Alain de Botton sees literature as a series of lenses that can significantly change the way you view the world.
AlaindeBotton: I think the way to look at literature is as an instrument that sensitizes us to different things. We all know that if five different people are asked to describe one scene, they will all describe it differently. Some will describe the light, others will focus on what people’s feet were doing, others will look at the, you know, material, shape of the room or whatever. A great writer picks up on those things that matter. It’s almost like their radar is attuned to the most significant moments.
What literature is about is a record of people with very sophisticated radars who are picking up on the really important stuff. The interesting thing is that, for me, that radar is not something we should simply passively accept while we read the book. It’s something we should learn from. We should shut the book and then say, “Okay, I’ve read Jane Austin or Proust or Shakespeare and now I’m going to see my mother or I’m going to have a chat with my aunt or I’m going to go and, you know, talk to some friends in a coffee shop, and rather than just doing it the normal way, I’m going to look at them and I’m going to ask myself that basic question, ‘how would Jane Austin see them? How would Proust see them? How would Shakespeare see them?’”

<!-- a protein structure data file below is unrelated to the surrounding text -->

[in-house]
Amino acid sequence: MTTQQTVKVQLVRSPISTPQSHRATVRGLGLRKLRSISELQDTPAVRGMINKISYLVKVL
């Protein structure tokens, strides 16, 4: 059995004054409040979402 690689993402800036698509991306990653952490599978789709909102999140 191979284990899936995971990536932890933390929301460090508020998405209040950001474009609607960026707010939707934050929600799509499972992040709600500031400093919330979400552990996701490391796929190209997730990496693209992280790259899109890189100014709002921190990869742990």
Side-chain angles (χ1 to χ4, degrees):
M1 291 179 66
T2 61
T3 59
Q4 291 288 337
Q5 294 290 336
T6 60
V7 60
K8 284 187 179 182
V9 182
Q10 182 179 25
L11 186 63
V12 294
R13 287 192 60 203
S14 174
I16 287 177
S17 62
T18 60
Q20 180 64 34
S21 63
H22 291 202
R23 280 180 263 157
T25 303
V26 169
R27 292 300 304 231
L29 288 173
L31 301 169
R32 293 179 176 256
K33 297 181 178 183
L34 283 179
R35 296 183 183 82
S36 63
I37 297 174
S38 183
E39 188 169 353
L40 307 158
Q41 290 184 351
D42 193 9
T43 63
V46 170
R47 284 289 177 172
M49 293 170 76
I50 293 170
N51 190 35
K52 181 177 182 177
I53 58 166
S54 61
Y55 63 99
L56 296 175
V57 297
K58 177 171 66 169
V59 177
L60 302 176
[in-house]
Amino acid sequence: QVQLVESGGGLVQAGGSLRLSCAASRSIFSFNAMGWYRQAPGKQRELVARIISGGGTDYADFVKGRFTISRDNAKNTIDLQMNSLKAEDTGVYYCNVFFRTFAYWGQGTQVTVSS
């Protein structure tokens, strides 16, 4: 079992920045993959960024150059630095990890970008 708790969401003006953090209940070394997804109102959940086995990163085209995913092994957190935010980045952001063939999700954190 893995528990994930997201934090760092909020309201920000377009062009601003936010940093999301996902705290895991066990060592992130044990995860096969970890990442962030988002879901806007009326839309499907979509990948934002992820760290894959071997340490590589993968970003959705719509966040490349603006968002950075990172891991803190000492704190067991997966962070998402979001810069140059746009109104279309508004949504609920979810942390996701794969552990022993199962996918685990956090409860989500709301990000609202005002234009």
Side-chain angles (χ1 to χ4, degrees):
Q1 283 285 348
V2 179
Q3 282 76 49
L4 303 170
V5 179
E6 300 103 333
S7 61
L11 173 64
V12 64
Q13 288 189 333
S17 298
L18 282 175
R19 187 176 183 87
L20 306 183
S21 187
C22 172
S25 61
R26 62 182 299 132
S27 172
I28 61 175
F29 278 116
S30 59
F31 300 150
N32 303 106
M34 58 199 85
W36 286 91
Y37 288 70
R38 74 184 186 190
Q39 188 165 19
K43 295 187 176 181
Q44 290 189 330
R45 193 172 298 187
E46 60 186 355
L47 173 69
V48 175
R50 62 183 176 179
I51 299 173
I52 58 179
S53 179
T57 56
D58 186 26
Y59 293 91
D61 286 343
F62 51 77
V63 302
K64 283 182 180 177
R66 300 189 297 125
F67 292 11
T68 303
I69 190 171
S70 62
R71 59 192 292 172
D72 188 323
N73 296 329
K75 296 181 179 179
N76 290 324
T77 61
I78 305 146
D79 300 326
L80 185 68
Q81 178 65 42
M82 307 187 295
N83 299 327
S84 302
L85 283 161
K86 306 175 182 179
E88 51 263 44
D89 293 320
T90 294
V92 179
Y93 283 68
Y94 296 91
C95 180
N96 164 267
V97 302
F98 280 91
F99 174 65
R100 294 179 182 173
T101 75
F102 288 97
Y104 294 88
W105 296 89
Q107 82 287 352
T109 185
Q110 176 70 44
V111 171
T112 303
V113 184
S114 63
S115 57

In other words, I’m not just going to look at the world of Shakespeare or Jane Austin through my eyes, I’m going to look at my world through their eyes. That is the benefit that is the intelligence giving power of great literature. We are sensitized by the books we read. And the more books we read and the deeper their lessons sink into us, the more pairs of glasses we have. And those glasses will enable us to see things that we would otherwise have missed.
Directed / Produced by
Jonathan Fowler & Elizabeth Rodd